In 1981 I walked through the turnstiles of the Providence Civic Center to experience my first Bruce Springsteen and the E Street Band concert. I was a sophomore at East Providence High school and I was turned on to Springsteen’s music by a cute blonde who I was trying to impress, so I engrossed myself in the Springsteen catalogue and I learned the essentials. I liked Springsteen’s music but I liked the cute blonde more and she loved Bruce, so I did too.
Three hours and forty five minutes later I walked out of the Civic Center having experienced something that I knew could never be replicated. The energy, the sound, the crowd singing in unison, the pure charisma of Springsteen and his incredibly tight band had absolutely converted me. There was no laser or light show, no smoke or pyrotechnics, no stage props…just the band and their music and it was more than enough. I still liked the cute blonde but now I was addicted to the “Boss” as well. I had experienced some sort of conversion, I had witnessed a rock and roll revival and I wanted more. I went to plenty of concerts in the 1980’s and I saw great shows by The Police, The Clash, Tom Petty and the Heartbreakers, Van Halen and U2, but nothing, I mean nothing, compared to the Springsteen experience. So that cute little blonde and I started a ritual. If the E Street Band was in the Northeast, we would be there. It never got old; in fact it just kept getting better.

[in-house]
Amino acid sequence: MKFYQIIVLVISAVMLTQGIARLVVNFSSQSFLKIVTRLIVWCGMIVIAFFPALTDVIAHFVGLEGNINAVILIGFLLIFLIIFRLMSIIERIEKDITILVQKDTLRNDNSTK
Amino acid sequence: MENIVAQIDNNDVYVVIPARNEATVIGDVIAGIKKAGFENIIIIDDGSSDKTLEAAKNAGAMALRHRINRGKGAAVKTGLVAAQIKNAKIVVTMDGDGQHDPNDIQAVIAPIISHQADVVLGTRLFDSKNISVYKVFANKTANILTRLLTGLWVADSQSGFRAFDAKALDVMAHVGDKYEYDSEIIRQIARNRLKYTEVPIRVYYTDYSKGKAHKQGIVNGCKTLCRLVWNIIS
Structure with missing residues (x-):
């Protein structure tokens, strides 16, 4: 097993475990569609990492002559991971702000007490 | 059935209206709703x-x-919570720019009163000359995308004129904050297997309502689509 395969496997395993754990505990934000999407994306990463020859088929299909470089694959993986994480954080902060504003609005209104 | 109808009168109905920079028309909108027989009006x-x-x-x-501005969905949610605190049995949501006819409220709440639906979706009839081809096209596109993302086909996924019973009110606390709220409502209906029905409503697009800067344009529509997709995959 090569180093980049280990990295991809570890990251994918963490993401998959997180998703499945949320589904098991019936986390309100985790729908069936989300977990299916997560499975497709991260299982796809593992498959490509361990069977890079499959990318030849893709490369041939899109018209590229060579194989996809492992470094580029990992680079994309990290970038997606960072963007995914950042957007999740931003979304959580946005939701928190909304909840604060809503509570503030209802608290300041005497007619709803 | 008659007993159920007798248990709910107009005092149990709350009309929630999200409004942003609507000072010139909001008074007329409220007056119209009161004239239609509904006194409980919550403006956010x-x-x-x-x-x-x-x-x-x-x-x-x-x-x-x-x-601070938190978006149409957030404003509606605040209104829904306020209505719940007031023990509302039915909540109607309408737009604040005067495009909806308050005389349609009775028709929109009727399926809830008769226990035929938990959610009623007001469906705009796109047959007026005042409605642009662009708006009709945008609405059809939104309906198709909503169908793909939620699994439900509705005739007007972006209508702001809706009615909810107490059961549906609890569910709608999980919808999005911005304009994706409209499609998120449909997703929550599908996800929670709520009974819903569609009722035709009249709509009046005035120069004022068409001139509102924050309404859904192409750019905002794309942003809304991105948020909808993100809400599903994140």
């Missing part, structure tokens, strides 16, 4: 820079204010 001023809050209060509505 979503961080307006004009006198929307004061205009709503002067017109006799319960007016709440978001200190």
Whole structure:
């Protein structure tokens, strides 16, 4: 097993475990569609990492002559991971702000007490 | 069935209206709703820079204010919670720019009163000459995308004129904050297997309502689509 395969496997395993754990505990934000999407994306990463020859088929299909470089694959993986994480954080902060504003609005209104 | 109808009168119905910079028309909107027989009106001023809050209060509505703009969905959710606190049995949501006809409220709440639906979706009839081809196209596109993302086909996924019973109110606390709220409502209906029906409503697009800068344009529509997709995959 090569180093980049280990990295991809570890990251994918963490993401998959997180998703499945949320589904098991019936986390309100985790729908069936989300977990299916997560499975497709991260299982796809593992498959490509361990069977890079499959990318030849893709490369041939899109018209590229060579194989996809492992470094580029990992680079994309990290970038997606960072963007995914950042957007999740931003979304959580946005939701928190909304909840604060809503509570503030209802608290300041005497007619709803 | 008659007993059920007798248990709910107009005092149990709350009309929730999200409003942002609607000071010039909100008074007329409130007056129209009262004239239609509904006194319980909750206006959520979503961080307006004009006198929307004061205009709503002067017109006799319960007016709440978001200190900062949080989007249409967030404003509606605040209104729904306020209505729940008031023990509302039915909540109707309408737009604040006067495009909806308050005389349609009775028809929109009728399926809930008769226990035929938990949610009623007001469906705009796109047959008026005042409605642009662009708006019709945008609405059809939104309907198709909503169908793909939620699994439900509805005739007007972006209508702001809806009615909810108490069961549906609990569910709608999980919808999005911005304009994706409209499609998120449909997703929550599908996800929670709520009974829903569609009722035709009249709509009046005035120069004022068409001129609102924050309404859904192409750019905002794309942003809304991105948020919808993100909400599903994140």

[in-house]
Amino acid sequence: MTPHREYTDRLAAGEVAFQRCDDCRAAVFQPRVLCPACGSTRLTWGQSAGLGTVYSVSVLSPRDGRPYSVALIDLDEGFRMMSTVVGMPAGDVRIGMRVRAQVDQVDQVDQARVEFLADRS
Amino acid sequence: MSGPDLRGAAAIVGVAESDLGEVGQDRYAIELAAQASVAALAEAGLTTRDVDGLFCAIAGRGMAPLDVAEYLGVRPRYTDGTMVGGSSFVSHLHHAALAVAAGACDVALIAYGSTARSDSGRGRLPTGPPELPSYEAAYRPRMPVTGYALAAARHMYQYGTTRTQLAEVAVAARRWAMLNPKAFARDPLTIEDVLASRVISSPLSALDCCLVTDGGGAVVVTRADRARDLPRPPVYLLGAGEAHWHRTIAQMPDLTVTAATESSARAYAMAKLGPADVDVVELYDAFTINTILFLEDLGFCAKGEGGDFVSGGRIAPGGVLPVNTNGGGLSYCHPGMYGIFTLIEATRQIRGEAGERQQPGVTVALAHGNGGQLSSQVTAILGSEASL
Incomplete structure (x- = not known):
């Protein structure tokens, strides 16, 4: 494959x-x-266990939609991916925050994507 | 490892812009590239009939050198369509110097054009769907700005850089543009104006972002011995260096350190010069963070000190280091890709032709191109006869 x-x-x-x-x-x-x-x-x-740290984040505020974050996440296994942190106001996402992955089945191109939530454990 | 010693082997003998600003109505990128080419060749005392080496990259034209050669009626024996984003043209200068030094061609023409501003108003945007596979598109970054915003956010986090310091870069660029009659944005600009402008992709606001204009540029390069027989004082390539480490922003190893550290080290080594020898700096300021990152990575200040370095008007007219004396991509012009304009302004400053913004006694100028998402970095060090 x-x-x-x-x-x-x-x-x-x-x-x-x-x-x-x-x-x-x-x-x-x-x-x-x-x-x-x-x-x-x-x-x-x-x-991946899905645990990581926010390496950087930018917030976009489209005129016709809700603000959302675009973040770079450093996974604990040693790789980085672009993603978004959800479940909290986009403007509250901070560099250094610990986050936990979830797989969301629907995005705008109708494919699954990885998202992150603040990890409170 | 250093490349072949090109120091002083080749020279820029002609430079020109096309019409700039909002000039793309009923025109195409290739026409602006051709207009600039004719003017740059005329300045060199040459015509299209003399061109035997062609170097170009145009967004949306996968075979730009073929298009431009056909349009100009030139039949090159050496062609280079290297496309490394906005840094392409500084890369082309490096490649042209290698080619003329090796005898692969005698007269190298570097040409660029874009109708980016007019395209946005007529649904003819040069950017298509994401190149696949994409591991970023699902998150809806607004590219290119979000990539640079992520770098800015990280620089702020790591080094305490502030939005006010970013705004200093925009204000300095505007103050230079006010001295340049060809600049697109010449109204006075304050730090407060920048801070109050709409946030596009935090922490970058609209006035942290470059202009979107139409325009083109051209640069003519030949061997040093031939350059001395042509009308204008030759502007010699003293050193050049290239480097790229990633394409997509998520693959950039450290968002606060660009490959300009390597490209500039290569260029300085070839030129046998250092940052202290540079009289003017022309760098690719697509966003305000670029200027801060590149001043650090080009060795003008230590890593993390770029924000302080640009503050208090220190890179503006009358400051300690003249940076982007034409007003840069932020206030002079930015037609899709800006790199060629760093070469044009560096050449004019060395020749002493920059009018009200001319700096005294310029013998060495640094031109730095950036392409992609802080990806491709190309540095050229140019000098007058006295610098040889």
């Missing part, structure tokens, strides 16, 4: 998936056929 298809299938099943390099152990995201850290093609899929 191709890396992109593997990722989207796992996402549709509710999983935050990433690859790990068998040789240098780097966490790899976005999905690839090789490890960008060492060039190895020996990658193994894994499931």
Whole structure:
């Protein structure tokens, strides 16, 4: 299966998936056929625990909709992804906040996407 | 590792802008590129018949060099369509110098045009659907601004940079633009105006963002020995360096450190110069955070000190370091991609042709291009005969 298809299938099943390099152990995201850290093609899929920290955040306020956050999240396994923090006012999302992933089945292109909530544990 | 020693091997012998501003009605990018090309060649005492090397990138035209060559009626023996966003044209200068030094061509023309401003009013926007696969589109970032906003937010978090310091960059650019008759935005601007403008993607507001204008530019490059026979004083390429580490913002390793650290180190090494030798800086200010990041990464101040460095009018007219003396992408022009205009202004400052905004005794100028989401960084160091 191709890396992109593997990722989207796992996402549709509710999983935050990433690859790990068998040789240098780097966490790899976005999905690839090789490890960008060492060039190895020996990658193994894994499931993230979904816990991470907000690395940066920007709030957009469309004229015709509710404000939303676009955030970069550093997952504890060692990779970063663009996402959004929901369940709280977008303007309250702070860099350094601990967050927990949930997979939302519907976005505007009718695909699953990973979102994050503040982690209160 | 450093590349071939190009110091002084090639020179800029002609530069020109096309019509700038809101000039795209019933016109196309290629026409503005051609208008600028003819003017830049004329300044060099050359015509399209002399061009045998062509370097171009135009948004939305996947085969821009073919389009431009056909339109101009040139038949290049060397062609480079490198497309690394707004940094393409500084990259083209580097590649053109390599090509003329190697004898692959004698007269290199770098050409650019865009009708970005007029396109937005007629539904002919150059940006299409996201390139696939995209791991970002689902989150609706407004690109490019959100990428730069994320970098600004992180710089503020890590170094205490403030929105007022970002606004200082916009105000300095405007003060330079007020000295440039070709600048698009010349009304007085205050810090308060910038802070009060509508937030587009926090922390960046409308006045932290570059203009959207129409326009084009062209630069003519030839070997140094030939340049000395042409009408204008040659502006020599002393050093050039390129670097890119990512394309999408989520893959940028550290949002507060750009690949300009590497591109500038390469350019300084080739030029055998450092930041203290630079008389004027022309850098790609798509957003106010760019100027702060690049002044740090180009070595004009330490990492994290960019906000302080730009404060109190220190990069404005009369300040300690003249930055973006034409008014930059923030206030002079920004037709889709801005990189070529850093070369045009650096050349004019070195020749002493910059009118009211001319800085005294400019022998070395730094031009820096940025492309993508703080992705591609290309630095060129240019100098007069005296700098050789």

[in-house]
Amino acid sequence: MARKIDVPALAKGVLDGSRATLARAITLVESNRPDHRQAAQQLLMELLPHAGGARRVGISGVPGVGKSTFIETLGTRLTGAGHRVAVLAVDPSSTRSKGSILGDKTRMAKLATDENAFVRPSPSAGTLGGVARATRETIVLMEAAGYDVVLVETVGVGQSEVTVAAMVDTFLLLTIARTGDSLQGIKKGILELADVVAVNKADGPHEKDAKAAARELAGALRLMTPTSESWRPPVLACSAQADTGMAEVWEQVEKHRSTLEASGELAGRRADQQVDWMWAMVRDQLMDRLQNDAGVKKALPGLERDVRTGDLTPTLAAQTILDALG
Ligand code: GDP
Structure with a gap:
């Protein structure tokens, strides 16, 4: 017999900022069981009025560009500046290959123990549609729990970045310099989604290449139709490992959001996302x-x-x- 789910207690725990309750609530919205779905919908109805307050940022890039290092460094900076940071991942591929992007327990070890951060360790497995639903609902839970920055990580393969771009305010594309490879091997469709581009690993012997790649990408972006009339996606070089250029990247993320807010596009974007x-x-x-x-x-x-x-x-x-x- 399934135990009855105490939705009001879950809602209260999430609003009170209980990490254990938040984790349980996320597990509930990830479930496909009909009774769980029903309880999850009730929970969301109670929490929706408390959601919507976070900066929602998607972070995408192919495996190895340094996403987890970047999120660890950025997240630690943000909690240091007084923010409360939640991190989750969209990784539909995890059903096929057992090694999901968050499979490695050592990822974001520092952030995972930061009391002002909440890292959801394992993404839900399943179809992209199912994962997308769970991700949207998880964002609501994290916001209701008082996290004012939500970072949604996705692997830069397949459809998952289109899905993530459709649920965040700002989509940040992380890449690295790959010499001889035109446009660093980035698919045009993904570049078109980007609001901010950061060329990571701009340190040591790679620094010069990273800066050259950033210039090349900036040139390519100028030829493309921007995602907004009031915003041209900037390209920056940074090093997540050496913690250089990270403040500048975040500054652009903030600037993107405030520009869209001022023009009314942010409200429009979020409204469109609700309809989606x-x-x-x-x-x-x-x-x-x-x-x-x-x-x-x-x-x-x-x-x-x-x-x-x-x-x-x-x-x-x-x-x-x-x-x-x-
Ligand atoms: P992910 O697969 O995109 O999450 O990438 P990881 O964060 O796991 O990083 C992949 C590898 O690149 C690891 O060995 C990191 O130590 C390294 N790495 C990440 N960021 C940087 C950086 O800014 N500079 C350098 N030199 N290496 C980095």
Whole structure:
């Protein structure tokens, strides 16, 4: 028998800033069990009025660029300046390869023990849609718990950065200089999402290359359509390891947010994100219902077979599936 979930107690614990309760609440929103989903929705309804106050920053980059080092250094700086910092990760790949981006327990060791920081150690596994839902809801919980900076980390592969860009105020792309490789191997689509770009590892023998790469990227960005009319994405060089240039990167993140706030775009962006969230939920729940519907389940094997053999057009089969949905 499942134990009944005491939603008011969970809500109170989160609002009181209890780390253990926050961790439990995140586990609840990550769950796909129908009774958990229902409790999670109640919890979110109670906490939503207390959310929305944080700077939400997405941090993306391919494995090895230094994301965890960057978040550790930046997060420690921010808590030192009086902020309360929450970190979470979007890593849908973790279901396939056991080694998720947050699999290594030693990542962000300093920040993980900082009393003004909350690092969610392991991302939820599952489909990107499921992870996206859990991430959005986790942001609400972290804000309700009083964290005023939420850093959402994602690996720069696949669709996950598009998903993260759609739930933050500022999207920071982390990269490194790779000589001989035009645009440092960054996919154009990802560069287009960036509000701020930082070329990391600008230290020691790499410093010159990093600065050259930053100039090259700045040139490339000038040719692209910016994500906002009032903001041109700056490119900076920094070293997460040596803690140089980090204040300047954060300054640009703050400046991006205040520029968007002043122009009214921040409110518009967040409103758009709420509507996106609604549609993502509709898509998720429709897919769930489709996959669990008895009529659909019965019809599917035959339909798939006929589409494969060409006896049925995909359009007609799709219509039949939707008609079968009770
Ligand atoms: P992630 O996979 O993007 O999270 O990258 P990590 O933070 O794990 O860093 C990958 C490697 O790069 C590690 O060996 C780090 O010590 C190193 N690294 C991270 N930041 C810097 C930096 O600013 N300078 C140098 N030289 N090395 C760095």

As I started to mature and pay attention to the lyrics I began to realize that I was listening to Woody Guthrie and Bob Dylan rolled into one. Springsteen was the rock and roll conscience of his generation, a troubadour of the middle class and a socially conscious rocker that could get you to dance and think at the same time. He was engaging me in ways that I didn’t think I could be engaged and he was doing it with a soul-rock-folk combination that was unlike anything I had ever heard. He was a poet with a Fender Esquire and no matter how much fame and money he earned, his themes remained constant through the years; every human life has dignity, hard work is a virtue that is not always rewarded, family and faith are the foundations of our lives, and most importantly, no matter how bad it gets, there is always hope. His songs unapologetically question our country and its institutions and at the same time express a deep love and appreciation for it as the “Land of Hope and Dreams”.
Springsteen songs echoed from the small bedrooms of my family’s Cape Cod house in East Providence and my father, whose life played out like a Springsteen song, told my sister and me to come talk to him when Springsteen had sold out arenas and record stores for thirty years like Sinatra had. He had dismissed “The Boss” as a flash in the pan, that would fade like so many before him, but when my father died in 2008 we found, among the CDs in his car, an eclectic jazz – folk recording titled Live in Dublin: Bruce Springsteen and the Sessions Band. It was right next to Sinatra: The Capitol Years.
Last Monday night that cute little blonde, who is now my wife, and I walked into the TD Bank Garden in Boston for what was our tenth Springsteen show together. He and his E Street soul mates have a little less hair and a little more mid section and sadly there was a big empty space where the great Clarence Clemons shared the stage and blew his sax with his friend for over forty years, but the energy and sound was just like I remembered it in 1981. He was the rock and roll preacher and his congregation was hanging on his every chord and every word. It was a magical three hours of joy and angst, anger and hope, reflection and celebration…..it was Springsteen live, an American treasure, and all these years later there is still nothing quite like it.